Analysis of the hygroscopic and volatile properties of ammonium sulphate seeded and unseeded SOA particles
1International Laboratory for Air Quality and Health, Queensland University of Technology, Brisbane QLD 4000, Australia
2Laboratory of Atmospheric Chemistry, Paul Scherrer Institut, 5232 Villigen PSI, Switzerland
3Centre for Atmospheric Sciences, School of Earth, Atmospheric and Environmental Sciences, University of Manchester, Manchester, M60 1QD, UK
4Department of Chemistry, Atmospheric Science, University of Gothenburg, 412 96 Gothenburg, Sweden
*now at: IAST, FHNW University of Applied Sciences, Windisch 5210, Switzerland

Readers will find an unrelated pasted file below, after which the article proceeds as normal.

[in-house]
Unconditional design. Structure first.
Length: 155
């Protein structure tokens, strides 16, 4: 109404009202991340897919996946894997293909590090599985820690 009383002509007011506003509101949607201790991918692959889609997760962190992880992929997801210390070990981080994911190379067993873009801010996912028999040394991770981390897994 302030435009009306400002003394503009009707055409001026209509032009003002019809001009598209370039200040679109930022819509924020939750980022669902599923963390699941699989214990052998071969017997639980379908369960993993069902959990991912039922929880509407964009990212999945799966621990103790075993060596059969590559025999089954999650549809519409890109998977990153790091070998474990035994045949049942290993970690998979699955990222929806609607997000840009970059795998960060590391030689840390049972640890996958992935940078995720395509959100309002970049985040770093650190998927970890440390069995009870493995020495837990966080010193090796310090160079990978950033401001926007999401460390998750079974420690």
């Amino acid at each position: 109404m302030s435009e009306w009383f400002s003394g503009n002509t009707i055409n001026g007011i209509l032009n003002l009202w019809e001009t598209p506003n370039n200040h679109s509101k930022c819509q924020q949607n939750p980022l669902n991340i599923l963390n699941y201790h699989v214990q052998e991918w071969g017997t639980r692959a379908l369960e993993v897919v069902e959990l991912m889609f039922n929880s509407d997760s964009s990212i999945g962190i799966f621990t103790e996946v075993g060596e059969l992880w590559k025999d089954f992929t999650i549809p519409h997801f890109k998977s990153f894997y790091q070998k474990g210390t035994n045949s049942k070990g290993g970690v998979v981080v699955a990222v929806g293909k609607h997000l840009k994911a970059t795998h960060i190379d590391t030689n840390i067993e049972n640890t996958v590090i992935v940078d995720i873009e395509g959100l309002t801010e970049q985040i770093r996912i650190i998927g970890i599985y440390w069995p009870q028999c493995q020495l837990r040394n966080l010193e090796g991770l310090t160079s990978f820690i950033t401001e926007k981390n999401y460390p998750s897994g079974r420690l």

Abstract. The volatile and hygroscopic properties of ammonium sulphate seeded and unseeded secondary organic aerosol (SOA) derived from the photo-oxidation of atmospherically relevant concentrations of α-pinene were studied. The seed particles were electrospray generated ammonium sulphate ((NH4)2SO4) having diameters of approximately 33 nm with a quasi-mono-disperse size distribution (geometric standard deviation σg=1.3). The volatile and hygroscopic properties of both seeded and unseeded SOA were simultaneously measured with a VH-TDMA (volatility – hygroscopicity tandem differential mobility analyzer). VH-TDMA measurements of unseeded SOA show a decrease in the hygroscopic growth (HGF) factor for increased volatilisation temperatures such that the more volatile compounds appear to be more hygroscopic. This is opposite to the expected preferential evaporation of more volatile but less hygroscopic material, but could also be due to enhanced oligomerisation occurring at the higher temperature in the thermodenuder. In addition, HGF measurements of seeded SOA were measured as a function of time at two relative humidities, below (RH 75%) and above (RH 85%) the deliquescence relative humidity (DRH) of the pure ammonium sulphate seeds. As these measurements were conducted during the onset phase of photo-oxidation, during particle growth, they enabled us to find the dependence of the HGF as a function of the volume fraction of the SOA coating. HGF's measured at RH of 85% showed a continuous decrease as the SOA coating thickness increased. The measured growth factors show good agreements with ZSR predictions indicating that, at these RH values, there are only minor solute-solute interactions. At 75% RH, as the SOA fraction increased, a rapid increase in the HGF was observed indicating that an increasing fraction of the (NH4)2SO4 is subject to a phase transition, going into solution, with an increasing volume fraction of SOA. To our knowledge this is the first time that SOA derived from photo-oxidised α-pinene has been shown to affect the equilibrium water content of inorganic aerosols below their DRH. For SOA volume fractions above ~0.3 the measured growth factor followed roughly parallel to the ZSR prediction based on fully dissolved (NH4)2SO4 although with a small difference that was just larger than the error estimate. Both incomplete dissolution and negative solute-solute interactions could be responsible for the lower HGF observed compared to the ZSR predictions.